Whenever I see this sort of thing, I'm dumbstruck by how Boomers (yes, I'm generalizing) try to assign blame and point fingers at younger generations for presumably not doing anything, being layabouts and slackers. I have two responses to this:

1: Older generations have always complained about "kids these days." Here's a famous quote you've probably heard before:

The children now love luxury; they have bad manners, contempt for authority; they show disrespect for elders and love chatter in place of exercise. Children are now tyrants, not the servants of their households. They no longer rise when elders enter the room. They contradict their parents, chatter before company, gobble up dainties at the table, cross their legs, and tyrannize their teachers.

Ladies and gentlemen, that was Socrates. Hearing the older generation bitch about the next is literally as old as Western Civilization itself.

2: The issue of people in their twenties and thirties isn't really an issue about what's wrong with them, or the culture, or anything else. It's an economic issue, and trying to dodge that reality is, I think, intellectually cowardly.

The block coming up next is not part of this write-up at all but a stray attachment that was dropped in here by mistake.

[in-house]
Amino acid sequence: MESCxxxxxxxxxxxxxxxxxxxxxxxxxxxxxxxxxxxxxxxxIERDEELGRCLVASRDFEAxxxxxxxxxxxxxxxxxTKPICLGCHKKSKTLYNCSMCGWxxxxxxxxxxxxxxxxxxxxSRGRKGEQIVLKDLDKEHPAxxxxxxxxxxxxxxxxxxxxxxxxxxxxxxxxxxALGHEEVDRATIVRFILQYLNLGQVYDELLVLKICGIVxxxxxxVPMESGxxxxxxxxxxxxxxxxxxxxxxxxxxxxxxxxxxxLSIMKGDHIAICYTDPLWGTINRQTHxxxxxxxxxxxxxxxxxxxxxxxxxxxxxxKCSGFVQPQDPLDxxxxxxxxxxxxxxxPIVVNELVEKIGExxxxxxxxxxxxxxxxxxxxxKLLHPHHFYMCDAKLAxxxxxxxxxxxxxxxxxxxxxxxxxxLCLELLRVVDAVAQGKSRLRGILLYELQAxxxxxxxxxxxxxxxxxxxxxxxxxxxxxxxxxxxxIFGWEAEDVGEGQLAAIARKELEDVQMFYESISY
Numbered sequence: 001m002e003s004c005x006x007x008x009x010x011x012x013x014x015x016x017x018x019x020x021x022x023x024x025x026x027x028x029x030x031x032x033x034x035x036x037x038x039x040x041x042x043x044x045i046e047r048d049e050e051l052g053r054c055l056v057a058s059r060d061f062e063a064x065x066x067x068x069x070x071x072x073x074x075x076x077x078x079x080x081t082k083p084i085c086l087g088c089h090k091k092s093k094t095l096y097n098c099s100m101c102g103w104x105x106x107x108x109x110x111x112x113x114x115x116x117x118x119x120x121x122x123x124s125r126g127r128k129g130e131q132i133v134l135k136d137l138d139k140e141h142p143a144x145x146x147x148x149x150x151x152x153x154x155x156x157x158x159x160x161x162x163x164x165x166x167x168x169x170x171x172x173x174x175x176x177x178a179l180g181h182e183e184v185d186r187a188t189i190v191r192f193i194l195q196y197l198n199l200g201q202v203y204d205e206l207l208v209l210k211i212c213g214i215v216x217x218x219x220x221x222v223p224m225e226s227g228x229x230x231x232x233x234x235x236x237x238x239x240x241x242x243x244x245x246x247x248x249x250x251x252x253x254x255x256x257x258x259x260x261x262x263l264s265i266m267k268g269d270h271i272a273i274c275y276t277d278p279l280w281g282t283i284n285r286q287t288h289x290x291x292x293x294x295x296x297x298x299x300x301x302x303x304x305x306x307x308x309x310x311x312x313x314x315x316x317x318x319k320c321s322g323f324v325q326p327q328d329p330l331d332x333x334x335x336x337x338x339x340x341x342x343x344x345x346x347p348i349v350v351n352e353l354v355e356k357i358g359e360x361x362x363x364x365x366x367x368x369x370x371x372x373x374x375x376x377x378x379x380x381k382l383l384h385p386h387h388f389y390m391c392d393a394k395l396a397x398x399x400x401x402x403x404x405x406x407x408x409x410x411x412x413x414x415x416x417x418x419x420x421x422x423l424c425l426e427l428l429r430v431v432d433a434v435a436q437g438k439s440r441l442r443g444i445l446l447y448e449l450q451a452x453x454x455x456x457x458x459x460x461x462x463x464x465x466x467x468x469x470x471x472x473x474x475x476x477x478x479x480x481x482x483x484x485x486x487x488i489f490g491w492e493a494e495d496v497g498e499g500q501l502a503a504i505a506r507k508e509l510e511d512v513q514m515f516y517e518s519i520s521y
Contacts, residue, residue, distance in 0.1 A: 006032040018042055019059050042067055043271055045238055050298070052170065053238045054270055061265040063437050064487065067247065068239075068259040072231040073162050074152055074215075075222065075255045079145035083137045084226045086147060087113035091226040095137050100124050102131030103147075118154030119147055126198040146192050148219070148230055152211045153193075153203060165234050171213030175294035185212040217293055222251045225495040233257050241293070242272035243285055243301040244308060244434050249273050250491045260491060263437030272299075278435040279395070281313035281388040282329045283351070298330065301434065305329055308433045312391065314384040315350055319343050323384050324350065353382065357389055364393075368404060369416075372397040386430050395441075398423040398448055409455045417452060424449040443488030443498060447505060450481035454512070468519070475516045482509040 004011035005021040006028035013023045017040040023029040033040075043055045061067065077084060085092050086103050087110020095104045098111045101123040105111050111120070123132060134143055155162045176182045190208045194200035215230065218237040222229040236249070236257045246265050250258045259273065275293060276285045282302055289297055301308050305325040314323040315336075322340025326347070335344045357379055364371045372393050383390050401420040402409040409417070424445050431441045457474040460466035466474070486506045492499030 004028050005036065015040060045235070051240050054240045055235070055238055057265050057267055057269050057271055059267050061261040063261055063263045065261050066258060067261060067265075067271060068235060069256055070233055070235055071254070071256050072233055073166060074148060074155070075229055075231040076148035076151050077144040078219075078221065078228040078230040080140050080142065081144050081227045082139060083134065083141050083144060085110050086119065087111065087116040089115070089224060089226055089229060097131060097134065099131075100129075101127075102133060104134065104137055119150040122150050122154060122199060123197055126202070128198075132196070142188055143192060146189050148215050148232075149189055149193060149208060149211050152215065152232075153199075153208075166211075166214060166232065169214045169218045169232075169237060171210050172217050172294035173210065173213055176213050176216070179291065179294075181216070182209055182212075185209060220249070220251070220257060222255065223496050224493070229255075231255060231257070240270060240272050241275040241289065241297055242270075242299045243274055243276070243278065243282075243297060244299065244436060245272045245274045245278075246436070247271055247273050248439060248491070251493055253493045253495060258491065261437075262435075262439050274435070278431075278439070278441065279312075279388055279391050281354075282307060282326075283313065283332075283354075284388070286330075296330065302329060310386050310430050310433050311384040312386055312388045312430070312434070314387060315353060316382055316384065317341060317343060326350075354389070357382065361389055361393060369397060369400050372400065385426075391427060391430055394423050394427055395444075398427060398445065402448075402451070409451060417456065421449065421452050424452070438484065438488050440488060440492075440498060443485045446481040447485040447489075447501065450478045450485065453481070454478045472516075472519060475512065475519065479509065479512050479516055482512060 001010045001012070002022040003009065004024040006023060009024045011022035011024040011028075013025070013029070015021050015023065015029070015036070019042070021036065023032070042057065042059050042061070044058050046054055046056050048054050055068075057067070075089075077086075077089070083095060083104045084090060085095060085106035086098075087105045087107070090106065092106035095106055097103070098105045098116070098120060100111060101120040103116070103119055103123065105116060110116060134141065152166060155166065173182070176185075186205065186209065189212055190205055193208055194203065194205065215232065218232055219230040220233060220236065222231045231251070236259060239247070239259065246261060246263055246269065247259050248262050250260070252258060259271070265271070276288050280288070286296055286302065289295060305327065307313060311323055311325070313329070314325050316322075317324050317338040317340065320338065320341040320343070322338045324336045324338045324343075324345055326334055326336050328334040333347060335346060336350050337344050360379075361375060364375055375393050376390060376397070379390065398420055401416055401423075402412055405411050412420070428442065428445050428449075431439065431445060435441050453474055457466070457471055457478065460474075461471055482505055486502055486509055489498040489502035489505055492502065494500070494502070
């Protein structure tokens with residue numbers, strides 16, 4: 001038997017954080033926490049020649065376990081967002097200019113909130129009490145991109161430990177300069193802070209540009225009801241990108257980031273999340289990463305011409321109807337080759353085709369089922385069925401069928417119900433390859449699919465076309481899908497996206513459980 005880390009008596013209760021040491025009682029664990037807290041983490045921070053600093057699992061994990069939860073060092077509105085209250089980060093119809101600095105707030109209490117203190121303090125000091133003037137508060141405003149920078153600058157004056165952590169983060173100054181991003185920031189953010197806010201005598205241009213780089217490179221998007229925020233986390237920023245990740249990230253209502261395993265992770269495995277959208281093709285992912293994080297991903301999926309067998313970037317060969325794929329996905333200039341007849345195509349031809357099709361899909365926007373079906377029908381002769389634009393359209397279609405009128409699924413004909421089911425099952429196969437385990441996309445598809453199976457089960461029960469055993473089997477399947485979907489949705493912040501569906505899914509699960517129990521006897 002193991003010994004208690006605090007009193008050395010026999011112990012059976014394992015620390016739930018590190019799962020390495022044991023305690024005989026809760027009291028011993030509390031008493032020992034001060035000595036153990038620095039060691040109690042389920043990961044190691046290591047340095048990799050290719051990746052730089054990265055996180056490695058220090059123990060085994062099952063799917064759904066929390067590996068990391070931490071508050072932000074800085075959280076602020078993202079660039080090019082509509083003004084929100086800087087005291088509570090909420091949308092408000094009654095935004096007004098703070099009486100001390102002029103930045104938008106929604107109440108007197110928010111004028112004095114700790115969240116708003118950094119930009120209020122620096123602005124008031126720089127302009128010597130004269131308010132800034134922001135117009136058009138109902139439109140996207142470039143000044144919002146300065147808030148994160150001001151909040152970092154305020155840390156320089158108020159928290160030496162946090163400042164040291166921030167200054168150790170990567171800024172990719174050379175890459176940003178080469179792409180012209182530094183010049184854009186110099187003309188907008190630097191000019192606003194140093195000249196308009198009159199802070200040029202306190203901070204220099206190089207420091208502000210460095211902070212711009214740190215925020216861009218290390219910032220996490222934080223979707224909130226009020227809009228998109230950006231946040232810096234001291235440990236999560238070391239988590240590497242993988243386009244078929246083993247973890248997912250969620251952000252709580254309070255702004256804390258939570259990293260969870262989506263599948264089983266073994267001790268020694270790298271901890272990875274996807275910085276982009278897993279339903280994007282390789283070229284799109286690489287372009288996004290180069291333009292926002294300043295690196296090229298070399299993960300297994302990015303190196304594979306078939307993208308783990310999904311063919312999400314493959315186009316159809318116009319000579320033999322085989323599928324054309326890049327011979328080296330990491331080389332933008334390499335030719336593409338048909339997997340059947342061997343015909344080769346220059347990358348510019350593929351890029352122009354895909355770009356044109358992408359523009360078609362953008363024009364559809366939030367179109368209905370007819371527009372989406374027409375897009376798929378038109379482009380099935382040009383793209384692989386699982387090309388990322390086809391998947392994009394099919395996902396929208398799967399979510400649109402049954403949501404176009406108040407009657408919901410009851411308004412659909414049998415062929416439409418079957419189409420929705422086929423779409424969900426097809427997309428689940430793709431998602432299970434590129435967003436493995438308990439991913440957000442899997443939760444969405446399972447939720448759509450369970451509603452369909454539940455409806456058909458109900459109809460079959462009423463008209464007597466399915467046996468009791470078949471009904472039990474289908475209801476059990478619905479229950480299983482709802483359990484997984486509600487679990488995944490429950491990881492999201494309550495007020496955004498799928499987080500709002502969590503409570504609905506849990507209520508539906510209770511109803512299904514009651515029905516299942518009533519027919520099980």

We are still reeling from the effects of a gigantic recession, and are only slowly recovering. The cause of all recessions, broadly speaking, is a failure of demand. When people don't want, don't need, or can't afford various goods and services, we all suffer.

Right now, there is a below-average demand for labor. Experienced workers (older workers) are going to receive preference over people who have just gotten out of degree programs or have only a few years of experience (i.e., less than a decade) and it stands to reason that younger workers will suffer.

In the meantime, why not get on a bike? (It's cheaper than owning a car!) And why not make comics? (If you've got a lot of free time, you might as well do something creative in order to use your brain.) The issue that gets decried as being some kind of generational anomaly actually has everything to do with the disappearing middle class.

And so, when it is framed in generational terms, my instinct is to snap back at the Boomers and tell them that the Rolling Stones are overrated. I bite it back, though, talking myself down with a nice little internal economics lecture.

Wish they'd do the same thing...